Erik Therme has thrashed in garage bands, inadvertently harboured runaways, and met Darth Vader. When he’s not at his computer, he can be found cheering for his youngest daughter’s volleyball team, or watching horror movies with his seventeen-year-old. He currently resides in Iowa City, Iowa—one of only twenty places in the world UNESCO has certified as a City of Literature.
Tell us about your latest book
Resthaven is about a pack of kids who have a scavenger hunt inside an abandoned retirement home . . . only to discover they’re not the only ones roaming the hallways. I have two teenage daughters, and I wanted to write something I thought they’d enjoy. I'm also a big fan of horror movies, and it was a lot of fun to employ a creepy, abandoned building as a backdrop for the story.
As a hybrid author, which model do you prefer?
One of the advantages of self-publishing is having complete control over editing, cover design, and retail price—three things that can greatly affect a book's success. On the flip side, traditional publishing brings a marketing team into the equation, which can be invaluable when it comes to finding new readers. In the end, the most important thing is to write the best book you can, work hard to promote it, and try to make your own luck.
Do you have an agent, and if not, are you looking for one?
I've been fortunate enough to have my first two novels released through publishing houses, and both contracts were straight-forward and easy to manoeuvre. One of the (many) jobs of a literary agent is to place your book with a house, so as long as I continue to have success with publishers on my own, I probably won't pursue an agent. That said, if an agent expressed interest in me and my work, I would absolutely listen to what they had to offer.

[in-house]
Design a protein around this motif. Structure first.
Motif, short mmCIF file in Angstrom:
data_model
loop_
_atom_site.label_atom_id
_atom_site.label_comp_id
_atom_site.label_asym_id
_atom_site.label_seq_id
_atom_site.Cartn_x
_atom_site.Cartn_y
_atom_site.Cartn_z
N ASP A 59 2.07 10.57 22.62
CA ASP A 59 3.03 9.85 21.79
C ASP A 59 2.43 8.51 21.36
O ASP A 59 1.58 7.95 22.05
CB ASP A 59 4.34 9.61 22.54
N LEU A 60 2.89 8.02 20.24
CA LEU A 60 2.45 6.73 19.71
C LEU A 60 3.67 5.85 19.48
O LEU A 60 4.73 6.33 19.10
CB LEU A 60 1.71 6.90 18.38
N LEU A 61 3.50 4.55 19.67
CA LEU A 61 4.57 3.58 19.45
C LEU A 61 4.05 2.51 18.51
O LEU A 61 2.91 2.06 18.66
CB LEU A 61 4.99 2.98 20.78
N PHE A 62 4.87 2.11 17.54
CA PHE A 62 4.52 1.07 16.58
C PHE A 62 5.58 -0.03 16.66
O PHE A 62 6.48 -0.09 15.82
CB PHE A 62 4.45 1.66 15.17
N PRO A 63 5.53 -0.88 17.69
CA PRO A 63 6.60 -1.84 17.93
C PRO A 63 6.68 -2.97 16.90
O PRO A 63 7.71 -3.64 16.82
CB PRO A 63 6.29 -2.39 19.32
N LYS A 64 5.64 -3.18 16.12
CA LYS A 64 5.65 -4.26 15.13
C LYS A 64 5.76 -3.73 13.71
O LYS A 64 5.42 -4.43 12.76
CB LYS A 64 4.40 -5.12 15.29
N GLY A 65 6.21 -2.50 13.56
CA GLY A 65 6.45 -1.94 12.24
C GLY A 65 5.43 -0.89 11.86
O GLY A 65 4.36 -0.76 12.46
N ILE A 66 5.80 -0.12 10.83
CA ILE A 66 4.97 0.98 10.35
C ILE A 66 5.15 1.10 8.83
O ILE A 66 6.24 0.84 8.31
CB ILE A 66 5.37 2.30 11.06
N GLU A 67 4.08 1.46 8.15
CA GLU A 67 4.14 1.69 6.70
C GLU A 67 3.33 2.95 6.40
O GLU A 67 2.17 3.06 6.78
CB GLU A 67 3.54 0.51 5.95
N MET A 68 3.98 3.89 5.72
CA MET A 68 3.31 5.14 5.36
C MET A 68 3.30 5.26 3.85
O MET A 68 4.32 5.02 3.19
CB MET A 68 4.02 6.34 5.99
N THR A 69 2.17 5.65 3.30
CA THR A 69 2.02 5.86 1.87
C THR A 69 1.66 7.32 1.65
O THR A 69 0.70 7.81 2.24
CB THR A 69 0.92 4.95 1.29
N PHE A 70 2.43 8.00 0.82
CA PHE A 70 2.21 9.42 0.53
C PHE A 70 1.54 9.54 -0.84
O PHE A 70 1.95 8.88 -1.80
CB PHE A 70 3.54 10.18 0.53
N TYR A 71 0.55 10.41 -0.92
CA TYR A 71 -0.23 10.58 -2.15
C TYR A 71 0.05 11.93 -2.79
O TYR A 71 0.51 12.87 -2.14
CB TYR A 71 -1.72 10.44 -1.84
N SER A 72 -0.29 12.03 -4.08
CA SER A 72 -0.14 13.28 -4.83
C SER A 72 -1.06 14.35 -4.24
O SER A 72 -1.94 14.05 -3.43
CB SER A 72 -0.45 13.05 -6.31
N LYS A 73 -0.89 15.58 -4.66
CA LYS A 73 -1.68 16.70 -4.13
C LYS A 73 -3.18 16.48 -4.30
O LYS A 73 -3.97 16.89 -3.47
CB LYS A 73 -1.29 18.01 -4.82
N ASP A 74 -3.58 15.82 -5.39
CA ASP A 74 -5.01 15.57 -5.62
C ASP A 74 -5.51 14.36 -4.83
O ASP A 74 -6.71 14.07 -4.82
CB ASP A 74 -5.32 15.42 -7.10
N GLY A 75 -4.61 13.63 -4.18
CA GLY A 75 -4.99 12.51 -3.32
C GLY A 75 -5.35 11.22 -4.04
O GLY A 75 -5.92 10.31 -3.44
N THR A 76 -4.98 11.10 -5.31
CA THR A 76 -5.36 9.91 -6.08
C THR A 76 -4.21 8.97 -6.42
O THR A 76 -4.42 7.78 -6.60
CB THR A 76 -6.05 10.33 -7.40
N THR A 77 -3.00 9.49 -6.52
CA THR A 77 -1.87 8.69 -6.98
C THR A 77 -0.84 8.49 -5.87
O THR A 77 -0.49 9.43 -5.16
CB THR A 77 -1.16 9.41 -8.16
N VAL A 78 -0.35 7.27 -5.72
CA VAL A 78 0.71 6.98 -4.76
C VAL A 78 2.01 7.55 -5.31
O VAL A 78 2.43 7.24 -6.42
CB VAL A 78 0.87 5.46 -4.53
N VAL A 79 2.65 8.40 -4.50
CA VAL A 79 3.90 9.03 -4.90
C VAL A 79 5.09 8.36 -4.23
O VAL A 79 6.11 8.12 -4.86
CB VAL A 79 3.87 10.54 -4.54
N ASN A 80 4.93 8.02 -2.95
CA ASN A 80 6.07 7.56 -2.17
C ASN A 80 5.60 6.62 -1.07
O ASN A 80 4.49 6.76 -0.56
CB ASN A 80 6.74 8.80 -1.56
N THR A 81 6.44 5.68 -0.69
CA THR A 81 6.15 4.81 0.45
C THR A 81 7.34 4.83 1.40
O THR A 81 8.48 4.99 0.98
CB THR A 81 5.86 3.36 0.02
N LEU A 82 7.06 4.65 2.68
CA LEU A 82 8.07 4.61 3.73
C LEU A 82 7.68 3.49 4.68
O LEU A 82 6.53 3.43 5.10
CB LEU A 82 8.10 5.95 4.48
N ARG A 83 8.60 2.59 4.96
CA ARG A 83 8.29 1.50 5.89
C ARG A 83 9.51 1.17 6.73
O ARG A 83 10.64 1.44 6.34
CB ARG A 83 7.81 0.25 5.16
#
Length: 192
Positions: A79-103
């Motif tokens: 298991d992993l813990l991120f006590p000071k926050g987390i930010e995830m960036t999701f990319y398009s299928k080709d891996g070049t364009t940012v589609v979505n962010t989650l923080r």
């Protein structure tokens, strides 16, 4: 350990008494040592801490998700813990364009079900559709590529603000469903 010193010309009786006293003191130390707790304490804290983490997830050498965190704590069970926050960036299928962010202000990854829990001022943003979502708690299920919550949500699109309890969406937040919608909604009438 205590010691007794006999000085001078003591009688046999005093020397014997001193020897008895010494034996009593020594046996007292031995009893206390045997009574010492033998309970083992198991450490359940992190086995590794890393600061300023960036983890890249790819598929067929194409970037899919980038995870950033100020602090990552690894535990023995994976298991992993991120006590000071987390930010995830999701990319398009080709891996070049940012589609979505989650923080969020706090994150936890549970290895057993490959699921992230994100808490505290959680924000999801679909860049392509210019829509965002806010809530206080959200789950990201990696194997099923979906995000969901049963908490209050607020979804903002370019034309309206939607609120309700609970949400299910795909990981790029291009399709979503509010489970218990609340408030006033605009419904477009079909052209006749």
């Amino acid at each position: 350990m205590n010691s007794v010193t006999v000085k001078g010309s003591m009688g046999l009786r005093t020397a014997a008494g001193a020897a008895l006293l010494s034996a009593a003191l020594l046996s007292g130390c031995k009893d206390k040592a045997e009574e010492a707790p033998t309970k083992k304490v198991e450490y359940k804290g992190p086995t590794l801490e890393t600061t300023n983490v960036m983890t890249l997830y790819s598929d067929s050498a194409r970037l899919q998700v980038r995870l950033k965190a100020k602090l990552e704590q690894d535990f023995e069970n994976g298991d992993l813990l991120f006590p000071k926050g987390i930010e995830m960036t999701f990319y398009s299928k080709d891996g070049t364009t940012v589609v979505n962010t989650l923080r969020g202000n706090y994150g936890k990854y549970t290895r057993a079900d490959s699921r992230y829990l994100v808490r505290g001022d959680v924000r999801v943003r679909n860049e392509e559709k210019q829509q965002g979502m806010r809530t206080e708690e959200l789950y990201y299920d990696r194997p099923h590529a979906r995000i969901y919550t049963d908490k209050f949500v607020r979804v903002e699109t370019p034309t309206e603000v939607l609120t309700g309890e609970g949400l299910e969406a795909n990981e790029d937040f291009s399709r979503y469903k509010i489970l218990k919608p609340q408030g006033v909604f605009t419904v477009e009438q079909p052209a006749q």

I often joke I “learned to write by reading Stephen King,” but it’s the absolute truth. I discovered Misery in junior high and immediately began crafting my own tales of horror. Most were pretty lousy, but the more King I devoured, the more respectable my writing became. Eventually I moved away from the supernatural elements and found my own style and voice.
What’s a typical writing day?
It can be a challenge to maintain a routine—especially with a wife, two teenagers, and a full-time day job—so the majority of my writing is accomplished during evenings and weekends. If I’m especially inspired, I might try to sneak in some pages over lunch. The important thing (for me) is to write every day, even if it's only for a few minutes.
What is your ultimate writing goal?
To write the best book I can, and to continue to hone my craft with each new project. I'd love to (someday) be able to support myself through my writing, but that's a luxury few authors are afforded, and I'm OK with that. At the end of the day, I ultimately write because I love to write.
Where can we find out more about your books?